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Abstract Title:

Treatment with camu camu () prevents obesity by altering the gut microbiota and increasing energy expenditure in diet-induced obese mice.

Abstract Source:

Gut. 2018 Jul 31. Epub 2018 Jul 31. PMID: 30064988

Abstract Author(s):

Fernando F Anhê, Renato T Nachbar, Thibault V Varin, Jocelyn Trottier, Stéphanie Dudonné, Mélanie Le Barz, Perrine Feutry, Geneviève Pilon, Olivier Barbier, Yves Desjardins, Denis Roy, André Marette

Article Affiliation:

Fernando F Anhê

Abstract:

OBJECTIVE: The consumption of fruits is strongly associated with better health and higher bacterial diversity in the gut microbiota (GM). Camu camu () is an Amazonian fruit with a unique phytochemical profile, strong antioxidant potential and purported anti-inflammatory potential.

DESIGN: By using metabolic tests coupled with 16S rRNA gene-based taxonomic profiling and faecal microbial transplantation (FMT), we have assessed the effect of a crude extract of camu camu (CC) on obesity and associated immunometabolic disorders in high fat/high sucrose (HFHS)-fed mice.

RESULTS: Treatment of HFHS-fed mice with CC prevented weight gain, lowered fat accumulation and blunted metabolic inflammation and endotoxaemia. CC-treated mice displayed improved glucose tolerance and insulin sensitivity and were also fully protected against hepatic steatosis. These effects were linked to increased energy expenditure and upregulation of uncoupling protein 1 mRNA expression in the brown adipose tissue (BAT) of CC-treated mice, which strongly correlated with the mRNA expression of the membrane bile acid (BA) receptor TGR5. Moreover, CC-treated mice showed altered plasma BA pool size and composition and drastic changes in the GM (eg, bloom ofand a strong reduction of). Germ-free (GF) mice reconstituted with the GM of CC-treated mice gained less weight and displayed higher energy expenditure than GF-mice colonised with the FM of HFHS controls.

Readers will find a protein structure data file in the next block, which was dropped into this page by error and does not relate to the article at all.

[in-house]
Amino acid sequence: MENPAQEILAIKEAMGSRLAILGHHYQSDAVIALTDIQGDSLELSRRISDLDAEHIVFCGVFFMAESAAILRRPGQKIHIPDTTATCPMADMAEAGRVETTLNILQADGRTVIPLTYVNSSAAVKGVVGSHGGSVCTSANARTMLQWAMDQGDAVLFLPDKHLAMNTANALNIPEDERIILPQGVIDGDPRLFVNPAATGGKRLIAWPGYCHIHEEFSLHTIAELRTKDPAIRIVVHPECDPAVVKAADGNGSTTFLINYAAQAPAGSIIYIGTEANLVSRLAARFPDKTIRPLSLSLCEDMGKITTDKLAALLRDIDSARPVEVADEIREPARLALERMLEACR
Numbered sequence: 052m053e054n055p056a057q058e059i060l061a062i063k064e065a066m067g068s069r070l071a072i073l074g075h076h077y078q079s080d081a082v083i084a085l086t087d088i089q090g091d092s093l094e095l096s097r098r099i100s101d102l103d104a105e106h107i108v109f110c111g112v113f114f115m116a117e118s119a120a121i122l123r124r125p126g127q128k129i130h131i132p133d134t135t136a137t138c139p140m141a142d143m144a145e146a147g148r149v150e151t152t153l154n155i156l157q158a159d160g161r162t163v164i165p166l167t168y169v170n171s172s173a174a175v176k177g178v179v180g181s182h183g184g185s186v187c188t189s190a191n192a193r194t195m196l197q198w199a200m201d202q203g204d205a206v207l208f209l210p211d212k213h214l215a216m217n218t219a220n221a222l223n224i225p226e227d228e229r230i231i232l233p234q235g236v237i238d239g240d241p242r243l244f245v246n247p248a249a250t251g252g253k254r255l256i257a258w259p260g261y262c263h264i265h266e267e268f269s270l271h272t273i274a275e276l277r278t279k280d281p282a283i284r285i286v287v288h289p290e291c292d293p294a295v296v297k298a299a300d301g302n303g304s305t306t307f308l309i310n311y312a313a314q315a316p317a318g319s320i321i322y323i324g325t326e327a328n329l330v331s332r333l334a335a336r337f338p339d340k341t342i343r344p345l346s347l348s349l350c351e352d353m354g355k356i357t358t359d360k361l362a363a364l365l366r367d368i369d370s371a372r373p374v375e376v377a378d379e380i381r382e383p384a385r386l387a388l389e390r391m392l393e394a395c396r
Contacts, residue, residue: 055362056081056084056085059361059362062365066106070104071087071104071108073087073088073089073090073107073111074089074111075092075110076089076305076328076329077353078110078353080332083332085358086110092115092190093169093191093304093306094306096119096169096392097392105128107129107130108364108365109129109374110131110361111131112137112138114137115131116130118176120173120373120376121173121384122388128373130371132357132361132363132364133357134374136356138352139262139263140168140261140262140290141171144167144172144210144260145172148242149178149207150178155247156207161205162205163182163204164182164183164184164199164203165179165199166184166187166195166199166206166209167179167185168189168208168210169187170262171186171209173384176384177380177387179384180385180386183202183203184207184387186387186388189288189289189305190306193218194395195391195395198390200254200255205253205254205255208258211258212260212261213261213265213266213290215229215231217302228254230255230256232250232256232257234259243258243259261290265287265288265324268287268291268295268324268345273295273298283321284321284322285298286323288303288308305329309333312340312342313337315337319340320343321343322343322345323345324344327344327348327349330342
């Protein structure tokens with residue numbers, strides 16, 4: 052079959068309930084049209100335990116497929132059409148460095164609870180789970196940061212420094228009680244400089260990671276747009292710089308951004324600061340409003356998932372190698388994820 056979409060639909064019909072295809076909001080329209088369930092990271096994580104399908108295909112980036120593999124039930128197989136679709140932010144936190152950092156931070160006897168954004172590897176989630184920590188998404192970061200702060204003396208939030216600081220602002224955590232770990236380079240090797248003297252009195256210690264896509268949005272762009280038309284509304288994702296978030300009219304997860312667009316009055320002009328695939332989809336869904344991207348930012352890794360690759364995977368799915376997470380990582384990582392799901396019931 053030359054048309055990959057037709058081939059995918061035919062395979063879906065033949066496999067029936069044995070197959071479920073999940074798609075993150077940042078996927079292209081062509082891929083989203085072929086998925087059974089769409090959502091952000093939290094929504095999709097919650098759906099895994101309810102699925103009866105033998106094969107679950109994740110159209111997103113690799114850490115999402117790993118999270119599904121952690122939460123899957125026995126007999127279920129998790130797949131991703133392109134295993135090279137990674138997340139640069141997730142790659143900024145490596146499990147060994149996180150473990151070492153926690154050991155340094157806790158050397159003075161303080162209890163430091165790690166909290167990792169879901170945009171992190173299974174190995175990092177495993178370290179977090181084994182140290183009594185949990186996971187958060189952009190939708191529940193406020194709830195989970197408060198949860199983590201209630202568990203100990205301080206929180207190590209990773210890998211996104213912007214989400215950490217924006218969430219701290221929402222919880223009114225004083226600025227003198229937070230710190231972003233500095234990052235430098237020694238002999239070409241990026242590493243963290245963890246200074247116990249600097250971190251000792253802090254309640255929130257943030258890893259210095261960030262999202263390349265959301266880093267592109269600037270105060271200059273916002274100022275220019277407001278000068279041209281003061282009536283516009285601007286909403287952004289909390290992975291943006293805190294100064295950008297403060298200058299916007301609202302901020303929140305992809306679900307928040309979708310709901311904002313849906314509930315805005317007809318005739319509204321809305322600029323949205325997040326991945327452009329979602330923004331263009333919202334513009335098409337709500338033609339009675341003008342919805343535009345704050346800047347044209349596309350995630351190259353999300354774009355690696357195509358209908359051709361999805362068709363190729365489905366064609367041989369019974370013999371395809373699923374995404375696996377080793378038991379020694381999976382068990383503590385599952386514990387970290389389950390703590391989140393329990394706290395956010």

CONCLUSION: Our results show that CC prevents visceral and liver fat deposition through BAT activation and increased energy expenditure, a mechanism that is dependent on the GM and linked to major changes in the BA pool size and composition.

Study Type : Animal Study

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